Friday, February 26, 2016

Batch of links

- Reading the March issue of Bon Appétit, I got angry over a comment made by Andrew Knowlton: “Here are a few things I ate last week: pho ga, xiao long bao (a.k.a. soup duplings), migas tacos, and a falafel sandwich. I wasn’t even jet-setting around the globe – it was just another average week of great meals right here in the U.S.A. How many other places on the planet can you eat this diversely? Zero.” Um, what? Just off the top of my head, I’d say Canada (Montreal alone has all those things), and I’m sure my readers could chime in with their answers as well. To me, this reeks of misplaced American exceptionalism, and it’s odd coming from a man who is actually well traveled (he mentions unsuccessfully trying to find an edible burrito in Norway and decent sushi in China). He goes on to talk about America’s melting pot and fusion cooking, but again, it’s not like the U.S.A. is the only country to experience that phenomenon. That’s pretty disappointing.

- I’ve never eaten at Austin’s Franklin Barbecue, for the simple reason that I don’t want to spend hours standing in line. Turns out, I could hire a middle-schooler to do it for me.

- Edible spoons, people. As the Engineer said, “Shut up and take my money!”

- Are you looking for good gluten-free breading? Try rice cakes!

- I never buy pre-grated parmesan cheese because in my experience, it sometimes contains lactose, even when the label says “100% real parmesan cheese” – I buy wedges of it, which are a bit pricier but totally worth it. So I was feeling very pleased with myself when it came out this week that the parmesan you sprinkle on your penne could be wood and might contain no real parmesan whatsoever, despite what the label claims.

- There’s a charity called Lucky Iron Fish that aims to end iron deficiency worldwide with a simple, affordable iron trinket to be deposited into the pot while you cook. Ingenious!

- McDonald’s new kale salad has more calories than a Big Mac, so don’t feel too virtuous if you eat it (though I’m sure it has more vitamins and minerals, too). I think this is only available in Canada for the moment.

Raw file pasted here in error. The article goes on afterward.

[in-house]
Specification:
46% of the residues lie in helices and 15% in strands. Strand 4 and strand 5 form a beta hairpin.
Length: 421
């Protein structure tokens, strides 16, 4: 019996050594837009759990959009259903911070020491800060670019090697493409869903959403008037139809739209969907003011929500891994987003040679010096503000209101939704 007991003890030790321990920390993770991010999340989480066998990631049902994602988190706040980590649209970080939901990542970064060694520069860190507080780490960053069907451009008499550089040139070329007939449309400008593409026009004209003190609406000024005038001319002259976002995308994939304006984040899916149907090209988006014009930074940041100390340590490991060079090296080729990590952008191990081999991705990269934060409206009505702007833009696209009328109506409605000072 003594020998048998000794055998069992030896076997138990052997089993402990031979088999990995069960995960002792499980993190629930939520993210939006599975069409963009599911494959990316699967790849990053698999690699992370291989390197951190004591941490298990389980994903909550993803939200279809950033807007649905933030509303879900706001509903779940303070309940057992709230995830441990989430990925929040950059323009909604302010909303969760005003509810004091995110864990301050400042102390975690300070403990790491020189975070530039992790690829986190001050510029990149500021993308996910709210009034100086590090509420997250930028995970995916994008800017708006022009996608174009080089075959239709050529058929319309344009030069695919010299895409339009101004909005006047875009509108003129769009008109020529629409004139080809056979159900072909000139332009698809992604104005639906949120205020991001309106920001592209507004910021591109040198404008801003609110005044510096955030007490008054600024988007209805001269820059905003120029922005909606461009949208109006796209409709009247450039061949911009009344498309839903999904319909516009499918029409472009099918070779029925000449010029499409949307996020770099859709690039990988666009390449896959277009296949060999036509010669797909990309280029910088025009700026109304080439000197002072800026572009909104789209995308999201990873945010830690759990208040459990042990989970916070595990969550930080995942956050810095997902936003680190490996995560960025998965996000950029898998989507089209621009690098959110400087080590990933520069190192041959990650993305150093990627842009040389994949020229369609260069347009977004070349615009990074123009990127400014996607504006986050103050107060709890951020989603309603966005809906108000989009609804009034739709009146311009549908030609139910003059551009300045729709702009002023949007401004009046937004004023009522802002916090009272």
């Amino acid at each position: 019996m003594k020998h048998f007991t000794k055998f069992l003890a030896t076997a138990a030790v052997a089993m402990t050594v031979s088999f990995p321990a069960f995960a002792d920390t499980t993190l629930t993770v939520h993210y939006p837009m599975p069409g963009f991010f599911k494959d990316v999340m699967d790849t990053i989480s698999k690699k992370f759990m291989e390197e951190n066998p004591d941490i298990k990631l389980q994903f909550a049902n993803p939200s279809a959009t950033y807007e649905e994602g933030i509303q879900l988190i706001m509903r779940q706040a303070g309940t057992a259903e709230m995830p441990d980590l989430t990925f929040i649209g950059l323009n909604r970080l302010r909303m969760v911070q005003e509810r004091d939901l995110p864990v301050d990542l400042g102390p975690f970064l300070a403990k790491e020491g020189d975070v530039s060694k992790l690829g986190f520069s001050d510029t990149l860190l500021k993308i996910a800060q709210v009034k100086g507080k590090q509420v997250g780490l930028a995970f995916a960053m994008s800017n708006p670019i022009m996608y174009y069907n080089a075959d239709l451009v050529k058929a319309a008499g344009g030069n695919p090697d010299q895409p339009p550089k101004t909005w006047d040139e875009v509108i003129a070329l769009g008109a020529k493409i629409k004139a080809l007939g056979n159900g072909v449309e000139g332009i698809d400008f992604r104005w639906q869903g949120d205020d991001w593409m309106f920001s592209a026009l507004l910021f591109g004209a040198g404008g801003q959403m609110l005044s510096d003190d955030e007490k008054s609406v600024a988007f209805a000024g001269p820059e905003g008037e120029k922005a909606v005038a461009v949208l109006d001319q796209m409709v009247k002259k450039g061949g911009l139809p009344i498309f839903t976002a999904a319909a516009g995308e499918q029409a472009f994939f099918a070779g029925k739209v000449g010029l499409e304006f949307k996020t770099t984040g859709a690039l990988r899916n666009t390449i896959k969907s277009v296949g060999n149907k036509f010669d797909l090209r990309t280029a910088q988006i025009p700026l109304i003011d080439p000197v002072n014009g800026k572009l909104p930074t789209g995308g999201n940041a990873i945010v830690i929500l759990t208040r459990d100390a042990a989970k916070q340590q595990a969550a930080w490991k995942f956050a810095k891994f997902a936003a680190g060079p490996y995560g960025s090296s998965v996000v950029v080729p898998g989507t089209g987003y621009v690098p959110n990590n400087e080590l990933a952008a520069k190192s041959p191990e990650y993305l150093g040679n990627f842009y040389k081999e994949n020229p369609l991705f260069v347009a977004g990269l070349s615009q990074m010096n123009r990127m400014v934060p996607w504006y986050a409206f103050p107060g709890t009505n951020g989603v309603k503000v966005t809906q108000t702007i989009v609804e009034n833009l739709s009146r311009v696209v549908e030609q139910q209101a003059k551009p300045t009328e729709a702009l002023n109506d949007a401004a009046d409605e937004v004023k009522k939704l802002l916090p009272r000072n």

- A history of dinner at the Oscars, because the ceremony is this weekend.

- Pantelligent is a smart frying pan that aims to help you cook better.

- I talked about Soylent before, but I thought I’d share this article written by someone who tried it for a month. To recap, Soylent is a balanced food replacement whose aim is “delivering brutally efficient nutrition.” This is something of which I’m aware mostly because the Engineer “eats” Soylent for breakfast and lunch on weekdays, and it works for him. Soylent is now vegan and should become kosher again soon; they now deliver to Canada as well as the U.S. It certainly looks sounder, albeit less exciting, than the healthy ice cream diet.

- There is now such a thing as human libraries, where instead of borrowing books, you “borrow” humans – i.e. have a conversation with them. That way, if you’re trying to find out more about what it’s like to be autistic, immigrant, obese, chronically ill, etc., you can get it straight from the horse’s mouth, so to speak.

- Did you see Sports Illustrated’s swimsuit issue? There is a beautiful, curvy woman on the cover!

- You’ve heard by now that Barbie got a makeover last month: she now comes in four body types, and the skin and hair are customizable. Time had a great article about it (and if you don’t have access to it, you can check out the new Barbies in this article). My kneejerk reaction is that this is fantastic; however, as is explained on Epbot, we still have a long way to go. How is it that the “curvy” Barbie is still smaller than the average American woman, yet is perceived as fat? This is how Barbie would look like if she were an average woman. I’ve said it before and I’ll say it again: if you want realistic body types, natural looks, or dolls with disabilities, try Lammily, Tree Change Dolls (video here) or Makies, respectively. Also, see here for female superhero dolls. (To be clear: I grew up playing with Barbies, including my mother and my aunt’s vintage Barbie and Scooter, and I do have a soft spot for them despite their shortcomings.)

- An interesting article on Q-Tips (really). It’s “one of the only, if not the only, major consumer [product] whose main purpose is precisely the one the manufacturer explicitly warns against.”

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